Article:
Some of the greatest camerawork of all-time, in my opinion.
Samsara is a word that describes the ever turning wheel of life. It is a concept both intimate and vast - the perfect subject for filmmakers Ron Fricke and Mark Magidson, whose previous collaborations include Chronos and Baraka, and who, in the last 20 years, have travelled to over 58 countries together in the pursuit of unique imagery. Samsara takes the form of a nonverbal, guided meditation that will transform viewers in countries around the world as they are swept along a journey of the soul. Through powerful images pristinely photographed in 70mm and a dynamic music score, the film illuminates the links between humanity and the rest of the nature, showing how our life cycle mirrors the rhythm of the planet.
Cool feature-length adaptation of Madonna's "Ray of Light" video [THIS HAS BEEN A JOKE ABOUT TIME-LAPSE PHOTOGRAPHY. THANKS FOR READING.]
While just as visually and technically awe-inspiring as Baraka, Samsara feels much more anthropocentric, which diminishes that feeling of universality contained in its predecessor. Still, for someone who does not usually search out documentaries, Fricke's two masterworks, coupled with the recently watched Bestiaire (thanks for putting it on the radar, Marcissus), have got me craving more non-narrative and lyrical films. I'm looking at you, Qatsi trilogy.
While undeniably beautiful, this film left a bad taste in my mouth. Samsara is a series of images, cut together in fairly rapid succession, taking the viewer on a “global” tour of the “cultures of the world”. Some images are meant to be purely aesthetically beautiful (which they are), some images are meant to be confrontational. But as these are just images, without context, and in the absence of any explicit narrative, the meaning comes from montage, and I did not care for that meaning.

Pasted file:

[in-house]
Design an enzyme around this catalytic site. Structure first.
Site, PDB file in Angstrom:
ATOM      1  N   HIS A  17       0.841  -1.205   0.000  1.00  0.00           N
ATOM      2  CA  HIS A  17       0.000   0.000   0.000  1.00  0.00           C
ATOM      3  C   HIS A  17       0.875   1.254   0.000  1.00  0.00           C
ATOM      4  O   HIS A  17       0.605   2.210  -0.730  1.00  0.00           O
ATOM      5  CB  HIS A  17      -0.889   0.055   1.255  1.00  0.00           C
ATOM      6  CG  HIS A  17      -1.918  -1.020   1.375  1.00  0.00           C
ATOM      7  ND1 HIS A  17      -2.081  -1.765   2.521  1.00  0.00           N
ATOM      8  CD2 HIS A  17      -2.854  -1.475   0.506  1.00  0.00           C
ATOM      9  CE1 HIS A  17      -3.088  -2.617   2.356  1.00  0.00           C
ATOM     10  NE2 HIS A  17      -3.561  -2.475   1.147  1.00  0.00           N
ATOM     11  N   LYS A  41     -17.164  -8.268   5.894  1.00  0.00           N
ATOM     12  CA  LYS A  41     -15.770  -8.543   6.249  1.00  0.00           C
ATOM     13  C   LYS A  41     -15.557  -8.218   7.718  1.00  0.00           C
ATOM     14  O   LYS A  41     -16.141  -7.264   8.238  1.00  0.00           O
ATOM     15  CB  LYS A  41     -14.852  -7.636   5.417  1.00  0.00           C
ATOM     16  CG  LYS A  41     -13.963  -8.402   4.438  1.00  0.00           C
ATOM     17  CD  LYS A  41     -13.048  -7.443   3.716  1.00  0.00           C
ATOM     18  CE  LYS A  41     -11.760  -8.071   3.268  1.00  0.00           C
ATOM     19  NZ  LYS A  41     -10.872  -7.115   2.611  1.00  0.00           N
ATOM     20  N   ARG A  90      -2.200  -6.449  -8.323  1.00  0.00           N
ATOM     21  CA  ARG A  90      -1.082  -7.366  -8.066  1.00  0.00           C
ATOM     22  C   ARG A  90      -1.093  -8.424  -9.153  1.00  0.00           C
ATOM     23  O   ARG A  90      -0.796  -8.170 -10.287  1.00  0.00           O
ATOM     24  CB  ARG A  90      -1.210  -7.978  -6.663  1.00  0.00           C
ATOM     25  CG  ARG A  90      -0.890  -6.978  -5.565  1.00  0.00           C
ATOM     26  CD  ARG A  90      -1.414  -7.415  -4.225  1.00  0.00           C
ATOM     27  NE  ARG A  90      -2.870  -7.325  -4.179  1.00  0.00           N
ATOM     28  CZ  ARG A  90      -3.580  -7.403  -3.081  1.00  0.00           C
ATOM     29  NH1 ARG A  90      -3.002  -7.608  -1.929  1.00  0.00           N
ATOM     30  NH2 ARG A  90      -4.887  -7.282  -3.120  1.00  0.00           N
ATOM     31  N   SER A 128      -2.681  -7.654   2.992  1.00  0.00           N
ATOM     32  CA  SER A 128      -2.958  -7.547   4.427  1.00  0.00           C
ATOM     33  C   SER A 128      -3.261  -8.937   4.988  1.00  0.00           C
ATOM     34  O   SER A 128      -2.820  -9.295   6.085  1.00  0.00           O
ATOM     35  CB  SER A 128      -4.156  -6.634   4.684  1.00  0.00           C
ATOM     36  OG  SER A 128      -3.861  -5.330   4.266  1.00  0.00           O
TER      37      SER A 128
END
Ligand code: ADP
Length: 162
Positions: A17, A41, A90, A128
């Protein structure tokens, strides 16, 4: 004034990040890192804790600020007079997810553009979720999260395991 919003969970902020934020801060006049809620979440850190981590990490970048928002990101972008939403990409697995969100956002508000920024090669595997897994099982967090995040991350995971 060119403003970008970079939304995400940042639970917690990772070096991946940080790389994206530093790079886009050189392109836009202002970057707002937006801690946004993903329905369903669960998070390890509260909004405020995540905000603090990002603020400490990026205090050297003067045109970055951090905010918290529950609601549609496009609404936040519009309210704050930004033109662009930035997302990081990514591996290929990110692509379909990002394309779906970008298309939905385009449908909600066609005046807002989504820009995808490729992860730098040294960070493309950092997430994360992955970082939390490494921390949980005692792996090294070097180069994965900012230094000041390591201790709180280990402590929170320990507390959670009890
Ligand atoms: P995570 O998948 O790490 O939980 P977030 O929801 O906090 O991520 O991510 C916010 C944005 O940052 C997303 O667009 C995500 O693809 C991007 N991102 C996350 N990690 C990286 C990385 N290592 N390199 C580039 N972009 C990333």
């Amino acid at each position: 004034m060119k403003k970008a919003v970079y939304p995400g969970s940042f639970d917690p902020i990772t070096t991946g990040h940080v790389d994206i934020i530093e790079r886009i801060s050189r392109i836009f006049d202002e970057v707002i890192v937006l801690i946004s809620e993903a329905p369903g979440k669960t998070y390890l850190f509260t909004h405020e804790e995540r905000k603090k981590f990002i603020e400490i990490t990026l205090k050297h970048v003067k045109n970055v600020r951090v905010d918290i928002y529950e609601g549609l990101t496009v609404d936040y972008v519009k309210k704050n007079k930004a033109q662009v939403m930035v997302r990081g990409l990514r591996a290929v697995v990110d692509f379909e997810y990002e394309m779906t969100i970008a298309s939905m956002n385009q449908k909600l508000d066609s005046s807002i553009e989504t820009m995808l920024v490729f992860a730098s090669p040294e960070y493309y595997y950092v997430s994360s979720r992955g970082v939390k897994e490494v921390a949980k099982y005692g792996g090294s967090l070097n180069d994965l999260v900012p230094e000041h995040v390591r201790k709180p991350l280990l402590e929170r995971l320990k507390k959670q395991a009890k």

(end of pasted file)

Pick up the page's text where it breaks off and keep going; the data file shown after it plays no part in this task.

Yes, there is confrontation, but there is also exploitation and exoticization. Unlike (from what I hear) Baraka, Samsara concerns itself mainly with humans. The near absence of white people, except for a few shots from…
Ron Fricke’s first film in twenty years, Samsara, is another bold and dazzling explosion of images from around the world chronicling the progression of life and interconnectedness of the human race. Those familiar with Fricke’s stunning Baraka will know what to expect from his latest non-narrative globetrotting odyssey that took five years to make and explores human life on five continents.
Shot on 70mm film you’ll be hard pressed to find a more visually resplendent cinematic treat for the eyes. It is a constantly shifting kaleidoscope of unforgettable images that threaten to overwhelm the audience in their beauty. The colours are eye-poppingly vibrant, the textures tactile and it contains some truly breathtaking time lapse photography. As a work of visual…
Whoa! What a truly inspirational movie! I was totally blown away!
My boyfriend described it as a "big fuck off PowerPoint" but even he was blown away by it.
I have so many question, I wish there were subtitles for each image so I knew where it was or what was happening. On the other hand, that could ruin the film's beauty.
It's all just sand
My 100th review! This is a movie that I was nervous to see, mainly because Baraka was a piece of art that had spoken to me in such a powerful way I didn't want to experience "Baraka light" or a Baraka knockoff. It is sometimes unfair to compare a directors works against each other (especially if you have an emotional connection to something) instead of just taking the work on its own. Listening to a new album or seeing a new movie should valued on its own at first, then maybe compared against other works later.